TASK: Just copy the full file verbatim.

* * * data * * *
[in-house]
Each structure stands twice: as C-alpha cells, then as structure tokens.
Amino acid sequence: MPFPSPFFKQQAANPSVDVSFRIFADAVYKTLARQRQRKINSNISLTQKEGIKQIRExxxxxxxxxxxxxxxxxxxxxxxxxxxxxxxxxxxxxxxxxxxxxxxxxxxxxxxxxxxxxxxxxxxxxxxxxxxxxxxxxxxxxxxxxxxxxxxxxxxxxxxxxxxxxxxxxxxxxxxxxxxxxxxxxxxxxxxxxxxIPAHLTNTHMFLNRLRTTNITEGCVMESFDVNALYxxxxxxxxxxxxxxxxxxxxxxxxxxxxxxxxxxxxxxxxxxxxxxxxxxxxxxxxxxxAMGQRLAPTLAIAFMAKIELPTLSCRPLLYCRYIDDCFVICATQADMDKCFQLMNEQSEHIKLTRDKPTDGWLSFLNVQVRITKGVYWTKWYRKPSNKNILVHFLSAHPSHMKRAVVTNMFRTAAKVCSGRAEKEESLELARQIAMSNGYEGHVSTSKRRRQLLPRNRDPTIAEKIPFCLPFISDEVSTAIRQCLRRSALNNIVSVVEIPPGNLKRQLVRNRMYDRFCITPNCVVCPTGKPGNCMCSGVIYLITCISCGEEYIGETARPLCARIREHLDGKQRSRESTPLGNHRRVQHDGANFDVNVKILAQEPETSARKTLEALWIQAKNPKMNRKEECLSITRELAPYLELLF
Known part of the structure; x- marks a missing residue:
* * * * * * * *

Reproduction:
[in-house]
Each structure stands twice: as C-alpha cells, then as structure tokens.
Amino acid sequence: MPFPSPFFKQQAANPSVDVSFRIFADAVYKTLARQRQRKINSNISLTQKEGIKQIRExxxxxxxxxxxxxxxxxxxxxxxxxxxxxxxxxxxxxxxxxxxxxxxxxxxxxxxxxxxxxxxxxxxxxxxxxxxxxxxxxxxxxxxxxxxxxxxxxxxxxxxxxxxxxxxxxxxxxxxxxxxxxxxxxxxxxxxxxxxIPAHLTNTHMFLNRLRTTNITEGCVMESFDVNALYxxxxxxxxxxxxxxxxxxxxxxxxxxxxxxxxxxxxxxxxxxxxxxxxxxxxxxxxxxxAMGQRLAPTLAIAFMAKIELPTLSCRPLLYCRYIDDCFVICATQADMDKCFQLMNEQSEHIKLTRDKPTDGWLSFLNVQVRITKGVYWTKWYRKPSNKNILVHFLSAHPSHMKRAVVTNMFRTAAKVCSGRAEKEESLELARQIAMSNGYEGHVSTSKRRRQLLPRNRDPTIAEKIPFCLPFISDEVSTAIRQCLRRSALNNIVSVVEIPPGNLKRQLVRNRMYDRFCITPNCVVCPTGKPGNCMCSGVIYLITCISCGEEYIGETARPLCARIREHLDGKQRSRESTPLGNHRRVQHDGANFDVNVKILAQEPETSARKTLEALWIQAKNPKMNRKEECLSITRELAPYLELLF
Known part of the structure; x- marks a missing residue: